Handling serpents as a form of Christian worship originated in Tennessee and dates back to the early 1900s. Historians recognize George Hensley, an illiterate Church of God evangelist, as the founder. Hensley lived with his family in Grasshopper Valley, Tennessee, near Chattanooga. His son, James, credited Amanda, George Hensley’s wife, as being the spiritual leader of the family.
George, while pondering the passage in Mark 16:17–18 which says that believers shall take up serpents, climbed White Oak Mountain and prayed for a sign. It was there that he spotted a large rattlesnake, put the snake in a gunnysack and took it to a revival meeting. George stood up and cited the gospel text, handled the serpent himself, and then challenged the people to prove their faith by doing the same.
As serpent handlers headed north during the 1920s and 1930s, they found a ready reception among some miners in Kentucky and West Virginia. Few of the early serpent handlers in West Virginia ever met George Hensley. Their prophet was Kentuckian Raymond Hayes. Hayes made a trip to Fayette County in 1946 and visited with Elsie Preast, who began to handle serpents regularly at the Church of All Nations. Preast said he knew that serpent handling had been practiced 17 to 18 years earlier on Cabin Creek, near Charleston.
West Virginia is the only state that legally permits serpent handling. At the turn of the 21st century, the most active serpent handling church in West Virginia was located near Jolo, McDowell County, where Robert and Barbara Elkins, along with Dewey Chapin, her son, were the leaders. Other important leaders over the years in the serpent handling churches in West Virginia were Joe and Myrtle Turner and their family at Camp Creek, Boone County, and Brother Hammonds and his wife at Fraziers Bottom, Putnam County.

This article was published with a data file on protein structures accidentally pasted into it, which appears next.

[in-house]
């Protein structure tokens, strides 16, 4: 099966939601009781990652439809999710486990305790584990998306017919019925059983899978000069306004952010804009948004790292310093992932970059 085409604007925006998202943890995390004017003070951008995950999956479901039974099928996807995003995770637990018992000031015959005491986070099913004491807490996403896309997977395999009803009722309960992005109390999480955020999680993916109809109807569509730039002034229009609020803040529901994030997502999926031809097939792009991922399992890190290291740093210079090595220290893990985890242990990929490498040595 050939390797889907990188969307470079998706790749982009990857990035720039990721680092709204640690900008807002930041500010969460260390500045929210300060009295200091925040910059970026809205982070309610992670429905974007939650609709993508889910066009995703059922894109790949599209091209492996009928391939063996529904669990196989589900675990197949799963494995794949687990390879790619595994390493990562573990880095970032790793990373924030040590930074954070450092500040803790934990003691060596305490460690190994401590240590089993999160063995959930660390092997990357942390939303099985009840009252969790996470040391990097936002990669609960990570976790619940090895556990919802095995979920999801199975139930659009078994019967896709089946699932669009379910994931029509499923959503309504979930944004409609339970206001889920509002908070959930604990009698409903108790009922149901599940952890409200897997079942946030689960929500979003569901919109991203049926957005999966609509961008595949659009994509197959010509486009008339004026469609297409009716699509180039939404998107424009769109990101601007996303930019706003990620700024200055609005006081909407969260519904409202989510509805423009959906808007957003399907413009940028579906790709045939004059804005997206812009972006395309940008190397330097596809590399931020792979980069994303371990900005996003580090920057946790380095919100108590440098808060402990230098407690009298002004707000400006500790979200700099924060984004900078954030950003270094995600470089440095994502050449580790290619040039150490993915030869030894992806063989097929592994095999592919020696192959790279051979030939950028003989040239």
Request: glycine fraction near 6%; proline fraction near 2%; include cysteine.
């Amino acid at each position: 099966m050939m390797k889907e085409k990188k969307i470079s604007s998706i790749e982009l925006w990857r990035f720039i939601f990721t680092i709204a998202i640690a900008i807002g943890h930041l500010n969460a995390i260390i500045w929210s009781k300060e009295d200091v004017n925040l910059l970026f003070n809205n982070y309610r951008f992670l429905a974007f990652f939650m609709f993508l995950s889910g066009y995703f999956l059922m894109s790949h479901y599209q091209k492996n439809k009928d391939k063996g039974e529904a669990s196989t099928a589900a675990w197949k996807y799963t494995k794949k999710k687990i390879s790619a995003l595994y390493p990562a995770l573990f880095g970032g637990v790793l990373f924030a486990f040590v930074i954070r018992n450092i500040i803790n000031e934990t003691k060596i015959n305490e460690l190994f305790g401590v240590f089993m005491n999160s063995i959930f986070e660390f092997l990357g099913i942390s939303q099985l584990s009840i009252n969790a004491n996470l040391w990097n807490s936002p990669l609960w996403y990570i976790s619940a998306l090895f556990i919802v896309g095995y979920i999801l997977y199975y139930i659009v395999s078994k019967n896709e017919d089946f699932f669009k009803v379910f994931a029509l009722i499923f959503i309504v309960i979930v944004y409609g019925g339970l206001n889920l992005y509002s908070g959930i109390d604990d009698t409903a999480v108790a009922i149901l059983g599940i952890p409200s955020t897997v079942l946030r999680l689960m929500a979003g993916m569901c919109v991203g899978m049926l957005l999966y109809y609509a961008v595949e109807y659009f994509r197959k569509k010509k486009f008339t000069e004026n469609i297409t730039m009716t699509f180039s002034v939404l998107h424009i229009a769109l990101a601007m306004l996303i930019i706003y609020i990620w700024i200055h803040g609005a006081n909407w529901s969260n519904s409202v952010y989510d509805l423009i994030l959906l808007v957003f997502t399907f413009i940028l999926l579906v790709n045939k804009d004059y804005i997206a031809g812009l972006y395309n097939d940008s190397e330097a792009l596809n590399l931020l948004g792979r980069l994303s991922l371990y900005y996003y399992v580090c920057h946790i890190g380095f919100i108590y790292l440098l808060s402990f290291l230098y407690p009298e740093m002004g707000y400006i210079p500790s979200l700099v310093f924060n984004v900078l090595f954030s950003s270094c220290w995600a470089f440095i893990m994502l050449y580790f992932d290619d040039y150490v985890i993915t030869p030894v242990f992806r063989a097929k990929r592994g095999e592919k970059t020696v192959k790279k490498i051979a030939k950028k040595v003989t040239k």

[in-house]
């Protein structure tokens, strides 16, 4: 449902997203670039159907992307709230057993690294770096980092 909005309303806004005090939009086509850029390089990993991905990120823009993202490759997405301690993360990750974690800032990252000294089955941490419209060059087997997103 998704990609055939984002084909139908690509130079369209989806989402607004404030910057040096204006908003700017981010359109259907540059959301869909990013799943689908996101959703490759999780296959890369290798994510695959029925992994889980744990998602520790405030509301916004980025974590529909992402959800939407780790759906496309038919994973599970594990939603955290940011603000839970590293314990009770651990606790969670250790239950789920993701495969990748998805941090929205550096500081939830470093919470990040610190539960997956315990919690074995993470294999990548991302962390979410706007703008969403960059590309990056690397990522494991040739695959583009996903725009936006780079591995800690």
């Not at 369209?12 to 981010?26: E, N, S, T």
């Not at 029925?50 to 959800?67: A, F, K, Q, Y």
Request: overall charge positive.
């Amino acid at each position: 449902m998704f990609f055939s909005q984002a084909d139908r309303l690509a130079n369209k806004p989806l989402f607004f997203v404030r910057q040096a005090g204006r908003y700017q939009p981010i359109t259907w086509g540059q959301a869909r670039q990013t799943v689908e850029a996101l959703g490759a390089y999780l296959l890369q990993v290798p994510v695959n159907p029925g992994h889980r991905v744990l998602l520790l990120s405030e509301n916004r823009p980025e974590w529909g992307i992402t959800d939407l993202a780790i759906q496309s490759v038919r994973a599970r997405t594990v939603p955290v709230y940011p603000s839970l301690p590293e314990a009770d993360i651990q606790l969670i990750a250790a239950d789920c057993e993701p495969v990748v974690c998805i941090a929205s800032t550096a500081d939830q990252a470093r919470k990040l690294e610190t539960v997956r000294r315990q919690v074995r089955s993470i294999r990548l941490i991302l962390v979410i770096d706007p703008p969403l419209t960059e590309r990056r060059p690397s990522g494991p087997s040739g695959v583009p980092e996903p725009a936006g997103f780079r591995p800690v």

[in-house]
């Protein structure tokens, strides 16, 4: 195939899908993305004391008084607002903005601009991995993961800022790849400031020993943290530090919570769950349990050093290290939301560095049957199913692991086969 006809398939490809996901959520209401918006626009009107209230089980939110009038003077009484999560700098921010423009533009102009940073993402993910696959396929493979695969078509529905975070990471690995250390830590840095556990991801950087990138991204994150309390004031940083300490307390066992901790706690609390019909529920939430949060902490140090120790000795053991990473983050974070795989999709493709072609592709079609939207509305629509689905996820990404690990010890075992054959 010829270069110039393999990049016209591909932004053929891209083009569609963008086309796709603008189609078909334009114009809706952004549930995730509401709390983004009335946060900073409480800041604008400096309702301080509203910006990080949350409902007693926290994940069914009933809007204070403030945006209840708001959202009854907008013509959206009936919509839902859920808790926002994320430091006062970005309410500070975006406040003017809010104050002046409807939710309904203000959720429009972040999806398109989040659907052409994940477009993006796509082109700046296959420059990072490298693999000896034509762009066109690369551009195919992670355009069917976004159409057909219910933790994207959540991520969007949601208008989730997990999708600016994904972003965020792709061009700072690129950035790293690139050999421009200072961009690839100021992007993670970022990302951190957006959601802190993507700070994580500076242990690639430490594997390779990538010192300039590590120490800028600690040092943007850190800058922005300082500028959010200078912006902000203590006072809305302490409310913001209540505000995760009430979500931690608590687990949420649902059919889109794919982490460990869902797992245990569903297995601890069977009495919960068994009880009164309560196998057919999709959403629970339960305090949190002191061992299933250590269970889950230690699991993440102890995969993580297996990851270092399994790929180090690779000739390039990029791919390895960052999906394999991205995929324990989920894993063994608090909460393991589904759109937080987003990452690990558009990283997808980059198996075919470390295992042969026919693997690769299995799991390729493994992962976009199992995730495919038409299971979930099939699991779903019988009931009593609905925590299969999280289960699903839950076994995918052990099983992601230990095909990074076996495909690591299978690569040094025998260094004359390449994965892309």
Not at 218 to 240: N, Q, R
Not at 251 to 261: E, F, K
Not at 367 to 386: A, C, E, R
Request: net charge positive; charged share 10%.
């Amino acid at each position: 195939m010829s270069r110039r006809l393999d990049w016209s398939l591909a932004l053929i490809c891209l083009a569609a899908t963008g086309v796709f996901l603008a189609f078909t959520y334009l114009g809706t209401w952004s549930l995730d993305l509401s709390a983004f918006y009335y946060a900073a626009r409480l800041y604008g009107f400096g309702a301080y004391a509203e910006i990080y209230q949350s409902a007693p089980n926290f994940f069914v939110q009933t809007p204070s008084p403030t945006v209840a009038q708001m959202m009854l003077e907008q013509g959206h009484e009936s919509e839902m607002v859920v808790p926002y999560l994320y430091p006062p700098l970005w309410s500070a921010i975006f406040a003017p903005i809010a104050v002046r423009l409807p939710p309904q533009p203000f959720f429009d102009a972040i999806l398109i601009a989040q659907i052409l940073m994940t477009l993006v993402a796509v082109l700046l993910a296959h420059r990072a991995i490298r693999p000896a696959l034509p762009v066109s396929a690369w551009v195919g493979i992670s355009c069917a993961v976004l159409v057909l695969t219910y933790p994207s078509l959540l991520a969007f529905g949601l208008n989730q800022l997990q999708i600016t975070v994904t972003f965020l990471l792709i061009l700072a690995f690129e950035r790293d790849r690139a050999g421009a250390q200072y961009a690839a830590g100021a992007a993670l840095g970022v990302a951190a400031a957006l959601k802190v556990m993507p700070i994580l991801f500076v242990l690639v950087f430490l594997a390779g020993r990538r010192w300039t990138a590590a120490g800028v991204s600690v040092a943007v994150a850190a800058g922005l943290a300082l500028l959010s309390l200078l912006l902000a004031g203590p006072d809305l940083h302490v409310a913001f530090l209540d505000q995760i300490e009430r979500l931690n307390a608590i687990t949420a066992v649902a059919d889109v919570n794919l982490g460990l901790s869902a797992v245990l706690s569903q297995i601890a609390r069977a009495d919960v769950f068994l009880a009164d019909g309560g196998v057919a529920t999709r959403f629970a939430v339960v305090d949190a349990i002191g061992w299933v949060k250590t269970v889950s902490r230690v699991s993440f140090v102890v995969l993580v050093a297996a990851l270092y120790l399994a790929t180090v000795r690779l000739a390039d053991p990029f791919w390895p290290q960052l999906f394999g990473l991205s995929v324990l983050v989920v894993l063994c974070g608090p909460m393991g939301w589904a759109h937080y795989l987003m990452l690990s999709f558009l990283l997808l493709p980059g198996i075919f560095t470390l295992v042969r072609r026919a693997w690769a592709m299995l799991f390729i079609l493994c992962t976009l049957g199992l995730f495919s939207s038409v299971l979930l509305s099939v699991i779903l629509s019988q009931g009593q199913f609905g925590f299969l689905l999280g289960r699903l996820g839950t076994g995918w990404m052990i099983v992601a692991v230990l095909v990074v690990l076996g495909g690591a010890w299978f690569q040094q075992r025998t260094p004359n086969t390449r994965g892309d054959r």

In a serpent handling church, one may observe not only preaching, praying aloud together on one’s knees, dancing and singing but also serpent handling, fire dancing, speaking in tongues, the laying on of hands for healing, testimonies, and at times, poison drinking and foot washing. An observer may also witness ‘‘stigmata,’’ the oozing of blood from the hands or feet in empathy with the death of Jesus.
Serpent handling functions sacramentally in the lives of these Christians. When they pick up a snake, constantly calling upon the name of Jesus, they celebrate the central truth of the Gospel, that ‘‘through faith in Jesus there is victory over death’’; and they experience, in a most dramatic way, that not even a serpent bite can separate them from eternal life with Jesus.
This Article was written by Mary Lee Daugherty
Last Revised on October 29, 2010
Leonard, Bill, ed. Christianity in Appalachia. Knoxville: University of Tennessee Press, 1999.
. three videos, Cultural Center Library, Charleston. .